The human fascination with disaster has probably always been with us, preserved as it is in folk tales, religious parables and literature. In his new and excellent book, "The Invention of News: How the World Came to Know About Itself," historian Andrew Pettegree writes about the craving the original readers of newspapers in the late 1500s had for earthquakes, floods, other stupendous weather disasters and strange occurrences. The appetite for deadly crime stories - even deadly crime stories taking place far away or years ago - would suffice. In 1586, a London printer named Thomas Purfoot horrified readers with an account of a triple-slaying in northwest France by a Frenchman. The better a story conveyed the dangers of life, the more readily it was consumed.
Sensationalistic accounts of celestial visits by comets, meteors, and the Northern lights, stories about monstrous births and strange animals, and documentary reports about appearances by the Devil - anything potentially dangerous or out of the ordinary - were more than fit to print in these early newspapers. The taste for news of the weird or unusual has never abated.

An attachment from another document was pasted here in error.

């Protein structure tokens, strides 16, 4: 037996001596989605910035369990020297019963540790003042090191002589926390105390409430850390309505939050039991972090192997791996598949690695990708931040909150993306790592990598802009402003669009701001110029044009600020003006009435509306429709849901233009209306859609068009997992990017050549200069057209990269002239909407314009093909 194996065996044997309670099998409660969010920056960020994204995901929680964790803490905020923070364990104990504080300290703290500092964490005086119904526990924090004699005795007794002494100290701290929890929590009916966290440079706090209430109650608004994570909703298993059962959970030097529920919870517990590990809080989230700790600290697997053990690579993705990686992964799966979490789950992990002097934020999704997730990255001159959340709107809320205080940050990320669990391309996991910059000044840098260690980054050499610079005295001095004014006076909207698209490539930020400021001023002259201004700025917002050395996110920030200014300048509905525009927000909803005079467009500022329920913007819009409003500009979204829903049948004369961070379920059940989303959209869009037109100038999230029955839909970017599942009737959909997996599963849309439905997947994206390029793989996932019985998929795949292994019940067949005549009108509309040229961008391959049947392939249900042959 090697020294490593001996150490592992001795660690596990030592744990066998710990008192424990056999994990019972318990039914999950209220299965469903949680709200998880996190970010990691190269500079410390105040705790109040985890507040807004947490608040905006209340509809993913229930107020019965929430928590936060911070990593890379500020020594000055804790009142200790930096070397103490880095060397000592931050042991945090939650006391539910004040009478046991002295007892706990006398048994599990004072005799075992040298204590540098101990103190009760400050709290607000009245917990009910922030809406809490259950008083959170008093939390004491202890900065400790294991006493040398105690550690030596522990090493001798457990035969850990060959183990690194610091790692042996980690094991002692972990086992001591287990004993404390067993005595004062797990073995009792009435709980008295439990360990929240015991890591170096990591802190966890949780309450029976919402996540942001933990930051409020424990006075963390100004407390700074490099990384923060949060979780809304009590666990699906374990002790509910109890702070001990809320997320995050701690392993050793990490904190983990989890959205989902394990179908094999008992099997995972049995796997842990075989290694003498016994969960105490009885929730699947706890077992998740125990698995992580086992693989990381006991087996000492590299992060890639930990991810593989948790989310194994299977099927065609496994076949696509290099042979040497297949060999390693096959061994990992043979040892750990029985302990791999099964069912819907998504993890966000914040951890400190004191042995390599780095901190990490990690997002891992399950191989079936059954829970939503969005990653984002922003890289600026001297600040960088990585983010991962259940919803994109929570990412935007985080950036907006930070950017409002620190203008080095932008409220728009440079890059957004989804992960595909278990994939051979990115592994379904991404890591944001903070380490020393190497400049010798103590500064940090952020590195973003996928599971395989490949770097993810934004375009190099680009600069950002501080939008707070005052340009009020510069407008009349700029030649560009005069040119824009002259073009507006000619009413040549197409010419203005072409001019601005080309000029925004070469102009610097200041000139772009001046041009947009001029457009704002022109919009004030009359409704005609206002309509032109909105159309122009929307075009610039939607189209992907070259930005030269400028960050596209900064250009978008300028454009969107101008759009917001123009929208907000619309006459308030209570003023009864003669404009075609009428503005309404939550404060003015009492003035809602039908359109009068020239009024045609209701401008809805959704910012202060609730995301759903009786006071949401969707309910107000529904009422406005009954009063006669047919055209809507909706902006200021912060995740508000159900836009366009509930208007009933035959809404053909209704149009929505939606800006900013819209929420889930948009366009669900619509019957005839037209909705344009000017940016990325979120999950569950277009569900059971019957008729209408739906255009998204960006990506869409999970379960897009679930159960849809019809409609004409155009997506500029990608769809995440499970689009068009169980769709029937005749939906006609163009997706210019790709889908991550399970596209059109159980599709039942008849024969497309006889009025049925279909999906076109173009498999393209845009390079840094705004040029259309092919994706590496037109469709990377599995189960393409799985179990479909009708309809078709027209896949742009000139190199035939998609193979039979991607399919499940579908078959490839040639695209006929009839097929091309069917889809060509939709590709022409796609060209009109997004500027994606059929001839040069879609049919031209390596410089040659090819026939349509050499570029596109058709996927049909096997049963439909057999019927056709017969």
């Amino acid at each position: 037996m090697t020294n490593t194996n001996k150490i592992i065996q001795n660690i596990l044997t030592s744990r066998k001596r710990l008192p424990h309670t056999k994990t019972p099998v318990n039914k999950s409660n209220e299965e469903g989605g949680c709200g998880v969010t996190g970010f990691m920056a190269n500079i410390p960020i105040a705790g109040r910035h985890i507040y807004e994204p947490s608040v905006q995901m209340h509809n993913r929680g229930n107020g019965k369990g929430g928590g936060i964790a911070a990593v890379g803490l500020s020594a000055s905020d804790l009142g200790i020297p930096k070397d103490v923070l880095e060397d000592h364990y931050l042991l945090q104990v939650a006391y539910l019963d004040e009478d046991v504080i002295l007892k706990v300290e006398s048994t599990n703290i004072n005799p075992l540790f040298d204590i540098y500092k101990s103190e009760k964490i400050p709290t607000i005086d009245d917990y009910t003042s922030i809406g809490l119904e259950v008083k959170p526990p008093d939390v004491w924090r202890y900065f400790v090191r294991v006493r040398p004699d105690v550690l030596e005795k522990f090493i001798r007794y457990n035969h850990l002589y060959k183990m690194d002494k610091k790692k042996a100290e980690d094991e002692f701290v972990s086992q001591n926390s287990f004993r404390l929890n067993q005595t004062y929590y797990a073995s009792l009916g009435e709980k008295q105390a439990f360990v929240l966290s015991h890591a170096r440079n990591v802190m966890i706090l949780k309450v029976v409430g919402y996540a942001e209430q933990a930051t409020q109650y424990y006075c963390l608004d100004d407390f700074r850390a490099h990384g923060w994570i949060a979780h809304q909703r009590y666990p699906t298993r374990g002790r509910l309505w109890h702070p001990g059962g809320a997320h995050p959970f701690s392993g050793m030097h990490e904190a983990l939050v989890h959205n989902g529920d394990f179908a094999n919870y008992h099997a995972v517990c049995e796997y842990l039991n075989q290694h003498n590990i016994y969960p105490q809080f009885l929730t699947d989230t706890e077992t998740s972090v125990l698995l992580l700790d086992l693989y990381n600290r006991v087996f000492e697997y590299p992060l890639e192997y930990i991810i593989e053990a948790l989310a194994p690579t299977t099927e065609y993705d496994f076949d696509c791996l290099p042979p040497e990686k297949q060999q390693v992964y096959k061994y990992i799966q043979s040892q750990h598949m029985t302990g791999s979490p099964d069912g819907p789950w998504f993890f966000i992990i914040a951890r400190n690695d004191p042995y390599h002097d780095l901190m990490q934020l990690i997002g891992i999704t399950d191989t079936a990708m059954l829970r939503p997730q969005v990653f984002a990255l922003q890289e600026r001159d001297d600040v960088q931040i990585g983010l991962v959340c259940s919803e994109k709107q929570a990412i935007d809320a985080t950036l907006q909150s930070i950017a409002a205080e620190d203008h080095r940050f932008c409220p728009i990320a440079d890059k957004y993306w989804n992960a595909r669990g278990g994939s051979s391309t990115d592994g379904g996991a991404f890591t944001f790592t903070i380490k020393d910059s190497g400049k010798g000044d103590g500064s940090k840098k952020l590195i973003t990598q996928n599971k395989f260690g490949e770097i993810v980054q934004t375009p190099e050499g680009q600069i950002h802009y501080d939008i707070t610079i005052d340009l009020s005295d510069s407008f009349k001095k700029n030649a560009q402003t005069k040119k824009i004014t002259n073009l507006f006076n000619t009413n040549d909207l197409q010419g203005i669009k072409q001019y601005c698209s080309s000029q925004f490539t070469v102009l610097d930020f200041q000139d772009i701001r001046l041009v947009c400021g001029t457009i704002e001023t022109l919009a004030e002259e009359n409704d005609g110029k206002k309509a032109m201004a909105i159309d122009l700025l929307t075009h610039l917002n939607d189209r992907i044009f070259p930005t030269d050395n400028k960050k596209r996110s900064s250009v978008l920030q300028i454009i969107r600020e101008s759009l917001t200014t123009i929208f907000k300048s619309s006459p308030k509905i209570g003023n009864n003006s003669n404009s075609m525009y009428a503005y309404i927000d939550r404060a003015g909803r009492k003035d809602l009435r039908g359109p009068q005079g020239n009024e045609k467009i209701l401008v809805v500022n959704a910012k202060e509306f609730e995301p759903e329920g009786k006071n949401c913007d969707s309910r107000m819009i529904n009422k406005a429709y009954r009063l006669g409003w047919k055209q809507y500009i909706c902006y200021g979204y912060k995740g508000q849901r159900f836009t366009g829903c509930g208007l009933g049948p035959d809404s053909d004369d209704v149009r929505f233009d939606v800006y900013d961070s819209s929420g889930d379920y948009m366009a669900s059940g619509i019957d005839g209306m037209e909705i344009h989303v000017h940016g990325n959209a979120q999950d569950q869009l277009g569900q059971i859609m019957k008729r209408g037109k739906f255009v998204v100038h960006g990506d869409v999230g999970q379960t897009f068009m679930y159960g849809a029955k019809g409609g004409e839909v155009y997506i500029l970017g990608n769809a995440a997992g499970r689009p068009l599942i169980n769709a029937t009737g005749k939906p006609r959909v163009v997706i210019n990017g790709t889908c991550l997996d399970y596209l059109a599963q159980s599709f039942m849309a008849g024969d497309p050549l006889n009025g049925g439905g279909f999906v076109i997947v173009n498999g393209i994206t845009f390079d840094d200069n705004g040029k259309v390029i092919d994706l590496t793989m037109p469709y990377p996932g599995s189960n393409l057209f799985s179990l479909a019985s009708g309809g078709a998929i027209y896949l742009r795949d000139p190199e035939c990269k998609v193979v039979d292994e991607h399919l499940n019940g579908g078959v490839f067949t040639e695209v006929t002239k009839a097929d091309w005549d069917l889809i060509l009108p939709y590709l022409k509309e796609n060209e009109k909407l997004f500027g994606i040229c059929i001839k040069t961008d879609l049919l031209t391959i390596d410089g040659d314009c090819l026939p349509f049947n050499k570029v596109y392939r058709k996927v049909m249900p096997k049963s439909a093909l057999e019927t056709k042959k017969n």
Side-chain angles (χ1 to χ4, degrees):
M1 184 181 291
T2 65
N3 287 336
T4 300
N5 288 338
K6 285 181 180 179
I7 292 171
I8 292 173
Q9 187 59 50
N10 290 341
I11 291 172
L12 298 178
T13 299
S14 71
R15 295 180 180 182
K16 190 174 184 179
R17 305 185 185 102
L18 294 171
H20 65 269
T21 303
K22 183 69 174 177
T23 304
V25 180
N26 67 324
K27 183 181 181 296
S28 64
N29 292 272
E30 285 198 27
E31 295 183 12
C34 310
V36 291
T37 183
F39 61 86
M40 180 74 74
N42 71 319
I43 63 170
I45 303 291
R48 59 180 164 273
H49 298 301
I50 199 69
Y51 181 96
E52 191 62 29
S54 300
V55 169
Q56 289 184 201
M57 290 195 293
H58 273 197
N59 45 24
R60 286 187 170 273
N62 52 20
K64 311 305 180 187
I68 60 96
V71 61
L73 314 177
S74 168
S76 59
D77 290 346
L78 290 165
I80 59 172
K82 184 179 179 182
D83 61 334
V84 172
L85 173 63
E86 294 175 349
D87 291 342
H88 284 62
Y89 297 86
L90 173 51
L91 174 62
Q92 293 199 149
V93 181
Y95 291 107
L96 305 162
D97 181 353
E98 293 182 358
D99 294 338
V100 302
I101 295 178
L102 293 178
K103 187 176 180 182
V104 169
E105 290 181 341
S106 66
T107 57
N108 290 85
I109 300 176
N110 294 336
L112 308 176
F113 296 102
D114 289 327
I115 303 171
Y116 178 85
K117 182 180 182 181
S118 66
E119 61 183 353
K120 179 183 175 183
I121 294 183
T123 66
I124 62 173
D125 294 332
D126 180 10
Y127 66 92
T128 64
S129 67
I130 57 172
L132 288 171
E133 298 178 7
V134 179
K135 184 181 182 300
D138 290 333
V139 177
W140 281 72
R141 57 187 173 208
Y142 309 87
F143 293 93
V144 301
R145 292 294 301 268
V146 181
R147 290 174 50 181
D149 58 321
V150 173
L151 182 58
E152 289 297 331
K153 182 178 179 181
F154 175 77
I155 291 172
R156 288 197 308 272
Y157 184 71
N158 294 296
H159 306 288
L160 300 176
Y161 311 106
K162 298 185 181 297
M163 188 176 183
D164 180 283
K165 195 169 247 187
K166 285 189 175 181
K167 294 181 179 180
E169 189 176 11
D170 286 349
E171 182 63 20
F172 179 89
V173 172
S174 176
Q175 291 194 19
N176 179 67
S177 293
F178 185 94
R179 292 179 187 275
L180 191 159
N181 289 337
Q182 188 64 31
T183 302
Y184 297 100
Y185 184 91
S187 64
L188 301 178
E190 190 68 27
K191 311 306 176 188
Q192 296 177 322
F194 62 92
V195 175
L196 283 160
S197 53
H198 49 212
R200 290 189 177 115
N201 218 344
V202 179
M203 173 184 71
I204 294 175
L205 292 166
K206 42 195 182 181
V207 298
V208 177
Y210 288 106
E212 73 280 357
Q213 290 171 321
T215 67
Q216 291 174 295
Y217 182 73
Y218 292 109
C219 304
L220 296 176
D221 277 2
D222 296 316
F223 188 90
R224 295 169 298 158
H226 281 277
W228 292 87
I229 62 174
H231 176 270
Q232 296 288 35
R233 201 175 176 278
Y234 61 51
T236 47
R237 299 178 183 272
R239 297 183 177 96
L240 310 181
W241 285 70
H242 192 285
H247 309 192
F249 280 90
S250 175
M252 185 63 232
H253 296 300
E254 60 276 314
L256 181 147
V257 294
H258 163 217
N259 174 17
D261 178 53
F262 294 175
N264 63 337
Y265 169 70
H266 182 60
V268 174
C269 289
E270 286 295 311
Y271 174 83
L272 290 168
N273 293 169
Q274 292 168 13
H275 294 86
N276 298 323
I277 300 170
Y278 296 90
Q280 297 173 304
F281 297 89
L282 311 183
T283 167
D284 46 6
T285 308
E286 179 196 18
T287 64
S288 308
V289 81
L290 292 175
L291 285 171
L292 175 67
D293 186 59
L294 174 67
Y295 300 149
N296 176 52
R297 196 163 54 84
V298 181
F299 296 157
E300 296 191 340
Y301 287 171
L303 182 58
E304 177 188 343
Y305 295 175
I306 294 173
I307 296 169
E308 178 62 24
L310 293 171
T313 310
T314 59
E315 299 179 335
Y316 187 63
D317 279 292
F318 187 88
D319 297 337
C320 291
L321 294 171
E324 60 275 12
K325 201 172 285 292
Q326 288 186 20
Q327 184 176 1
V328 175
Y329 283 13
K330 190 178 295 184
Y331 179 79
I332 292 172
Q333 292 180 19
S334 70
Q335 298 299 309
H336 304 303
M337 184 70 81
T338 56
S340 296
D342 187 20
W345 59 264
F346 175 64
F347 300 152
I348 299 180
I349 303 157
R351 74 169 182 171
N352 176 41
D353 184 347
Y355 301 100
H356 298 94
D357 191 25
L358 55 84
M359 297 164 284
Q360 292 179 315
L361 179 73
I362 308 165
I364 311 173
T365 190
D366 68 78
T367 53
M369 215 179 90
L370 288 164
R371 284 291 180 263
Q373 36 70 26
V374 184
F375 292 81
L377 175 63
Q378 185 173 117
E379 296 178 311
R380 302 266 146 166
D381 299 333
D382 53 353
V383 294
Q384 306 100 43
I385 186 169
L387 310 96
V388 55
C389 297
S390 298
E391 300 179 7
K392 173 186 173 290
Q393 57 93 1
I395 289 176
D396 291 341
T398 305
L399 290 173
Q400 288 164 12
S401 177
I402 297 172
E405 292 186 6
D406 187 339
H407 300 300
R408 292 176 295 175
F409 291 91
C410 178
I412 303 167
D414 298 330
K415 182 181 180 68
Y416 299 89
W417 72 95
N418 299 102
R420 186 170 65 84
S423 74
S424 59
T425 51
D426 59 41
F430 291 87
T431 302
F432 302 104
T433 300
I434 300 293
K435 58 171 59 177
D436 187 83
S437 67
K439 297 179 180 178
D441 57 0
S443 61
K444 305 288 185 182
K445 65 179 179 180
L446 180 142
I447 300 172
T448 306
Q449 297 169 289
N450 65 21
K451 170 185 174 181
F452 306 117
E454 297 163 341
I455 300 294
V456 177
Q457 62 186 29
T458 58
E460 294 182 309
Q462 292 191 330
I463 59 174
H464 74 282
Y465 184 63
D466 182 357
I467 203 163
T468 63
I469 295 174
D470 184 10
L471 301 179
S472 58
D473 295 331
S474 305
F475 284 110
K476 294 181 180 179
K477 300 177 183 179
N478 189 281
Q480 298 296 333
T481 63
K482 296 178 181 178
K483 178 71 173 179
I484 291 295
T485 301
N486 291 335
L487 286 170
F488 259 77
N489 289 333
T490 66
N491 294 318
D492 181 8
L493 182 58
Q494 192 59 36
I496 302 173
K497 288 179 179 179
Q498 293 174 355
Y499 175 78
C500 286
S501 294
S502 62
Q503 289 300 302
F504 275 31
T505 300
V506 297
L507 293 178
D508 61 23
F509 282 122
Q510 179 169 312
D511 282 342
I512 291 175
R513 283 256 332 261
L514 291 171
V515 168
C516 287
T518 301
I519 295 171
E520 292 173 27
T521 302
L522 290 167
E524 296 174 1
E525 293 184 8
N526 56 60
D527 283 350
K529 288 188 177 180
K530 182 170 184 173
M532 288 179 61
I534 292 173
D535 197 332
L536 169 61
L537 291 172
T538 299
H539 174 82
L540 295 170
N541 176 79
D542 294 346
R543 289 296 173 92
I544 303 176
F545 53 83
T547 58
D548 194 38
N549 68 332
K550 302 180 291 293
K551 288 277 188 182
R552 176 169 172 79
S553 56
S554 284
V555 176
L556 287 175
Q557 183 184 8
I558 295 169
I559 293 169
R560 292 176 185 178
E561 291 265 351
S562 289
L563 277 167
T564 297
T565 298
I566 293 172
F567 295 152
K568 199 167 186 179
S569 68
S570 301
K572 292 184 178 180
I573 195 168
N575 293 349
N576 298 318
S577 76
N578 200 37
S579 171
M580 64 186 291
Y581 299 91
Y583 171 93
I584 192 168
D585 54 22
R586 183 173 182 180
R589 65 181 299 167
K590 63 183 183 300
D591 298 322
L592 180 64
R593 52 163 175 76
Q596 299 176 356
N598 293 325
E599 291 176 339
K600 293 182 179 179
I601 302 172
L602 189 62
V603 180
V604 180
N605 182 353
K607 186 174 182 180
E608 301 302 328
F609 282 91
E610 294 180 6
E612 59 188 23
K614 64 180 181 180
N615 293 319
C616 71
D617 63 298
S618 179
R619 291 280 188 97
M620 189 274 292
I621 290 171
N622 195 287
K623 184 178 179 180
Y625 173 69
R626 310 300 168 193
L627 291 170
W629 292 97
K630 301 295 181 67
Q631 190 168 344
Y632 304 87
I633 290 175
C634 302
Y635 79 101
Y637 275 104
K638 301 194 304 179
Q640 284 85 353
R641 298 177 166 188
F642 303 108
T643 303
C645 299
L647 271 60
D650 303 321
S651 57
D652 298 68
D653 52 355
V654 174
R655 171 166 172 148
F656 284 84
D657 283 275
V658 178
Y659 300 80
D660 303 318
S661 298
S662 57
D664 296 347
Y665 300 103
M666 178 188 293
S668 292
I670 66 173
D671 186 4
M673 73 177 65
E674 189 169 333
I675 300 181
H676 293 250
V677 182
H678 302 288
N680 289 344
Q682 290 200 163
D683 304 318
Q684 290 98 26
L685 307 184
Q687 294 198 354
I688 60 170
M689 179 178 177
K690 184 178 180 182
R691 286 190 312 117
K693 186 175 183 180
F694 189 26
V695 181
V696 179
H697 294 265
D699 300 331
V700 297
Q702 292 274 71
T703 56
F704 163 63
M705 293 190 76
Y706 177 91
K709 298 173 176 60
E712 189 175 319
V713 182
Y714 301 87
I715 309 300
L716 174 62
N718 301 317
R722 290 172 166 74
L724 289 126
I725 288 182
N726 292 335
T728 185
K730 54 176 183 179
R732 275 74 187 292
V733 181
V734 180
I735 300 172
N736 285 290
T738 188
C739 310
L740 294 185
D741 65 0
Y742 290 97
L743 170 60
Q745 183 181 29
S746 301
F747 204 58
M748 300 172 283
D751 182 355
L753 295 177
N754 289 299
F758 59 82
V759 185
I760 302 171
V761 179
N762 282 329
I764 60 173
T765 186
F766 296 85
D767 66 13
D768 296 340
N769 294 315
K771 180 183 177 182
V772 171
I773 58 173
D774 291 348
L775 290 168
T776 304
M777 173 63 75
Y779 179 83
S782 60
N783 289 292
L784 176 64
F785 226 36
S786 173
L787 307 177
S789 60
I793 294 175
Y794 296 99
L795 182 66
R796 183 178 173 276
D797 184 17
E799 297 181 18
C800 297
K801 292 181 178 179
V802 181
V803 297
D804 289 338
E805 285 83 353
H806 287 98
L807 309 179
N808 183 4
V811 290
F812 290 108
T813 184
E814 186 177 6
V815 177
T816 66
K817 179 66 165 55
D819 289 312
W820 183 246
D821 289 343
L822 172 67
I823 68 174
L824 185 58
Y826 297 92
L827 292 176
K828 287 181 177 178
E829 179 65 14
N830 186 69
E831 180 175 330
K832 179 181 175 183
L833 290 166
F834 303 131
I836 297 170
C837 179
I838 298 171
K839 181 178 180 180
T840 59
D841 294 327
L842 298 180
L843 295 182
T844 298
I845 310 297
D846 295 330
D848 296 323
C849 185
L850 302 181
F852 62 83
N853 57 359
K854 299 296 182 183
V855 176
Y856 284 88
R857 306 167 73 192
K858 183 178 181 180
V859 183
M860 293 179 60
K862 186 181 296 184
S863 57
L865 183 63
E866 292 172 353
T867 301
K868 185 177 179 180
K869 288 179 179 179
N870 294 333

Now I won't try to advance a theory out of evolutionary psychology to explain our hunger for peculiar news other than to say that it seems unstoppable. Such news makes some of us more fearful of the world. For others, it brings calm or a sense of normalcy, like the Londoners who lived through the blitz. Combine news of the weird with a mystery, such as an unaccountably missing airliner on the other side of the world, and you have the makings of an itch that no scratching can relieve.